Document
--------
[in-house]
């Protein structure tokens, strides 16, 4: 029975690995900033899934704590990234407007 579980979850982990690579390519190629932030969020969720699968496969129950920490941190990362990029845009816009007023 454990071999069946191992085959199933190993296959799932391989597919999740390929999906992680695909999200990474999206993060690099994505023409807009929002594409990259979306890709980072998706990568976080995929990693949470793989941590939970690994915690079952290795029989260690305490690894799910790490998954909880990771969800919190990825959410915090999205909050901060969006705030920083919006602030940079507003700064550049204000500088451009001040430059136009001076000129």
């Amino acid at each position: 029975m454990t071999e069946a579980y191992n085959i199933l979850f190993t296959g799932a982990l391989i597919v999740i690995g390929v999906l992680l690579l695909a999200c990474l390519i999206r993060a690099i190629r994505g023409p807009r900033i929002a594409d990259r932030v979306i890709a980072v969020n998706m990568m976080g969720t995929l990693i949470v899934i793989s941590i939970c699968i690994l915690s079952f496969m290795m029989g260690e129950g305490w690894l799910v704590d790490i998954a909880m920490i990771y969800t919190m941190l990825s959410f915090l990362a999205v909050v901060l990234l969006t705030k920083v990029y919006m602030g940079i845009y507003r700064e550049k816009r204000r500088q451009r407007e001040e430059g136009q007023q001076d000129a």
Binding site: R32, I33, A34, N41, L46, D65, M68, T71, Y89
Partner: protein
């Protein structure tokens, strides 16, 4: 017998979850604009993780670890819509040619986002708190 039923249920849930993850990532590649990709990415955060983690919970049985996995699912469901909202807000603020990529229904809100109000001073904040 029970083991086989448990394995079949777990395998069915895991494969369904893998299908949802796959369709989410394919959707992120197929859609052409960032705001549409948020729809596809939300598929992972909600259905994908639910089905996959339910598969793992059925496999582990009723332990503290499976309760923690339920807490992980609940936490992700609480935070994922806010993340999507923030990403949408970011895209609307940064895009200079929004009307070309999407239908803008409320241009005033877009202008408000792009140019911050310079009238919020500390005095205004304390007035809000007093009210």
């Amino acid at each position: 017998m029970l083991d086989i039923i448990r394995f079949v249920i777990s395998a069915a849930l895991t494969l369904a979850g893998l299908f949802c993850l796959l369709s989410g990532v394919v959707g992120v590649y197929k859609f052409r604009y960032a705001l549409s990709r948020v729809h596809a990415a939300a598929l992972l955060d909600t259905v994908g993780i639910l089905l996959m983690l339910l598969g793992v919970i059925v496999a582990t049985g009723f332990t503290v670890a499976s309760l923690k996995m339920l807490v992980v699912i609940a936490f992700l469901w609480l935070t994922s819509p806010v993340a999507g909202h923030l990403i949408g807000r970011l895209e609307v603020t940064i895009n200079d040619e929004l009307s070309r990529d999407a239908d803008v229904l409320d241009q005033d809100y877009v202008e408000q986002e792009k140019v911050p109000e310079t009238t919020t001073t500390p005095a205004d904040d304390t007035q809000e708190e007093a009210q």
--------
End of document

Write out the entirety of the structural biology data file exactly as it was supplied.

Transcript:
[in-house]
């Protein structure tokens, strides 16, 4: 029975690995900033899934704590990234407007 579980979850982990690579390519190629932030969020969720699968496969129950920490941190990362990029845009816009007023 454990071999069946191992085959199933190993296959799932391989597919999740390929999906992680695909999200990474999206993060690099994505023409807009929002594409990259979306890709980072998706990568976080995929990693949470793989941590939970690994915690079952290795029989260690305490690894799910790490998954909880990771969800919190990825959410915090999205909050901060969006705030920083919006602030940079507003700064550049204000500088451009001040430059136009001076000129």
């Amino acid at each position: 029975m454990t071999e069946a579980y191992n085959i199933l979850f190993t296959g799932a982990l391989i597919v999740i690995g390929v999906l992680l690579l695909a999200c990474l390519i999206r993060a690099i190629r994505g023409p807009r900033i929002a594409d990259r932030v979306i890709a980072v969020n998706m990568m976080g969720t995929l990693i949470v899934i793989s941590i939970c699968i690994l915690s079952f496969m290795m029989g260690e129950g305490w690894l799910v704590d790490i998954a909880m920490i990771y969800t919190m941190l990825s959410f915090l990362a999205v909050v901060l990234l969006t705030k920083v990029y919006m602030g940079i845009y507003r700064e550049k816009r204000r500088q451009r407007e001040e430059g136009q007023q001076d000129a």
Binding site: R32, I33, A34, N41, L46, D65, M68, T71, Y89
Partner: protein
């Protein structure tokens, strides 16, 4: 017998979850604009993780670890819509040619986002708190 039923249920849930993850990532590649990709990415955060983690919970049985996995699912469901909202807000603020990529229904809100109000001073904040 029970083991086989448990394995079949777990395998069915895991494969369904893998299908949802796959369709989410394919959707992120197929859609052409960032705001549409948020729809596809939300598929992972909600259905994908639910089905996959339910598969793992059925496999582990009723332990503290499976309760923690339920807490992980609940936490992700609480935070994922806010993340999507923030990403949408970011895209609307940064895009200079929004009307070309999407239908803008409320241009005033877009202008408000792009140019911050310079009238919020500390005095205004304390007035809000007093009210």
């Amino acid at each position: 017998m029970l083991d086989i039923i448990r394995f079949v249920i777990s395998a069915a849930l895991t494969l369904a979850g893998l299908f949802c993850l796959l369709s989410g990532v394919v959707g992120v590649y197929k859609f052409r604009y960032a705001l549409s990709r948020v729809h596809a990415a939300a598929l992972l955060d909600t259905v994908g993780i639910l089905l996959m983690l339910l598969g793992v919970i059925v496999a582990t049985g009723f332990t503290v670890a499976s309760l923690k996995m339920l807490v992980v699912i609940a936490f992700l469901w609480l935070t994922s819509p806010v993340a999507g909202h923030l990403i949408g807000r970011l895209e609307v603020t940064i895009n200079d040619e929004l009307s070309r990529d999407a239908d803008v229904l409320d241009q005033d809100y877009v202008e408000q986002e792009k140019v911050p109000e310079t009238t919020t001073t500390p005095a205004d904040d304390t007035q809000e708190e007093a009210q």